Saturday, 25 April 2015

Camel - Camel [1973], album review

Missed At The Time

Formed in 1971, English progressive rock band Camel was basically unknown to me at the time, a surprisingly familiar situation as I increasingly learn about this and other bands of that era, but they were competing with different outstanding competition then as well as what I heard mostly live or on occasional radio and could afford to buy and thus live with.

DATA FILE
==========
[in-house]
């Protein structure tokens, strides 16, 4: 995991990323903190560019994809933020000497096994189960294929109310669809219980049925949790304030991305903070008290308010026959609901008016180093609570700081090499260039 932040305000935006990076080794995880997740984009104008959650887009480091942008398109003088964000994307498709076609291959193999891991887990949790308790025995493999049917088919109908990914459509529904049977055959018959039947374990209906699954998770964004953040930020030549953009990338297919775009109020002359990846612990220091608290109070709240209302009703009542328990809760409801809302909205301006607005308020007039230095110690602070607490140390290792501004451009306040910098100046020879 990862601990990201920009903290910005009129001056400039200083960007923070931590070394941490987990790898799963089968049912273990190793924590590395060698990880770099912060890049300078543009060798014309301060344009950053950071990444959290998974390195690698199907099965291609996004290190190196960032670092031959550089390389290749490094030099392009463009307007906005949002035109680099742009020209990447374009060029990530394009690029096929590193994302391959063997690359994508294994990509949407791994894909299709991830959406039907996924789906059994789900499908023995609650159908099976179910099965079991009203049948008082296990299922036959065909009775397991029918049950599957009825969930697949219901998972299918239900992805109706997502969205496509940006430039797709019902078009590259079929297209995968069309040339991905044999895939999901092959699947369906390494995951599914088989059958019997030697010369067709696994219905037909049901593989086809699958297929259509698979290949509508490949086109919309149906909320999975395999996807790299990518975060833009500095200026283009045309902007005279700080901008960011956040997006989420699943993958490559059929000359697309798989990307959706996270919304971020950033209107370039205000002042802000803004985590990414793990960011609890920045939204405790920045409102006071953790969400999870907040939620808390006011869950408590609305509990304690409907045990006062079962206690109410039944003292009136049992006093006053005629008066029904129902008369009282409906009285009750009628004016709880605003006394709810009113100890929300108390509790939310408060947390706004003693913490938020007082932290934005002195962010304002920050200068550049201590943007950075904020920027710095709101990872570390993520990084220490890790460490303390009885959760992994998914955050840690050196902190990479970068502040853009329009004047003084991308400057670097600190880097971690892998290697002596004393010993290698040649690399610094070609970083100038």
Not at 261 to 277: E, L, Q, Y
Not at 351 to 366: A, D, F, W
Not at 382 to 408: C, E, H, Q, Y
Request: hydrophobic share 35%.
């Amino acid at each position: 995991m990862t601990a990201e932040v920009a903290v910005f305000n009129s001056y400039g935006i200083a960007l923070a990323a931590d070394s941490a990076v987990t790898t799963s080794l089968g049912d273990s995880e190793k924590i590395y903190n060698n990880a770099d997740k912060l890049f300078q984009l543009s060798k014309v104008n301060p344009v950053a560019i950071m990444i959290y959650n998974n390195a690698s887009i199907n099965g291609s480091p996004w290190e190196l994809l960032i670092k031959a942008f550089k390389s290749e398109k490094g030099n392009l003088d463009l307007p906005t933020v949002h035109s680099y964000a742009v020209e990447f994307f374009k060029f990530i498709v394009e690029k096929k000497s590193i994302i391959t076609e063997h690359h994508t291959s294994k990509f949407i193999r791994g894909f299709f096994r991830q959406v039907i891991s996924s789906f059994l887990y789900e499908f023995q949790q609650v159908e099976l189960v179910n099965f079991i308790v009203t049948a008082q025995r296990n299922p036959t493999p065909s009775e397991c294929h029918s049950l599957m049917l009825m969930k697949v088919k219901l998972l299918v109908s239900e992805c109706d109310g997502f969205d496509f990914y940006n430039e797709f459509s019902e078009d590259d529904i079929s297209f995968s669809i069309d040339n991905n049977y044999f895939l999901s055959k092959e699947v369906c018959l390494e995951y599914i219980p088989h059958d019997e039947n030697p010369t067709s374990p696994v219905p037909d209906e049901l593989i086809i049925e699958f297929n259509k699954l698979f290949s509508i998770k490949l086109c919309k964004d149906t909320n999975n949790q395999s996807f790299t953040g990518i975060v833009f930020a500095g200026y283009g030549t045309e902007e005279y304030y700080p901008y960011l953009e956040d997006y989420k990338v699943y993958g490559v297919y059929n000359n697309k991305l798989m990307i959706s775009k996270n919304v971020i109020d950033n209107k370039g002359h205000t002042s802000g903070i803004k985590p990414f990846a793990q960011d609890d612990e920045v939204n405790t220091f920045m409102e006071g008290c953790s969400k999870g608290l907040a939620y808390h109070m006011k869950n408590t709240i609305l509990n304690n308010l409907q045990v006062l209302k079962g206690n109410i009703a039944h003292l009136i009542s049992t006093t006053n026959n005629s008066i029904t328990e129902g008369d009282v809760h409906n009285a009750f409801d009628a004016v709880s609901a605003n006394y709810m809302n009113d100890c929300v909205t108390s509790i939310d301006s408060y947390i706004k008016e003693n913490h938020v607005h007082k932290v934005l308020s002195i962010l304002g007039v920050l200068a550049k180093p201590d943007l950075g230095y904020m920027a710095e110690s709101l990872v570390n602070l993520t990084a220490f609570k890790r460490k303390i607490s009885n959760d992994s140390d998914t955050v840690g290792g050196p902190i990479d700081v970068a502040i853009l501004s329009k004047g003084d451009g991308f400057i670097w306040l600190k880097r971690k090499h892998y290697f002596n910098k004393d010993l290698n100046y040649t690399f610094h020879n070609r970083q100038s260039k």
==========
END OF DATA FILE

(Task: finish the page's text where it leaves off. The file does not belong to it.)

The only vinyl I have, and acquired more recently [as a relative factor], is their concept album The Snow Goose from 1975. Listening to their eponymous debut this morning I also suspect why they didn’t rise above the competition: it is pleasant enough, reminding me of Caravan [and Richard Sinclair from that band did join them around 1977] but without the songcraft in, for example, work like In the Land of Grey and Pink. Camel’s debut album features gently anonymous songs and predominantly progressive organ and guitar jams that are good enough but not always memorable. Yet I am enjoying the quality of their playing, as on Arubaluba which closes the original vinyl, especially the keyboards of Peter Bardens, one of those extended jams with which I would have happily freaked out to at the time. And I should mention the track Never Let Go, which had been released as a single in 1972 – not that I recall - and this album’s extended version has wonderful flute and guitar playing from songwriter and founding member Andrew Latimer [who also provides some brief if hot guitar work on opener Slow Yourself Down where Bardens too adds spunky keyboards – though sounding overall on this instrumental break like Pearl & Dean!].

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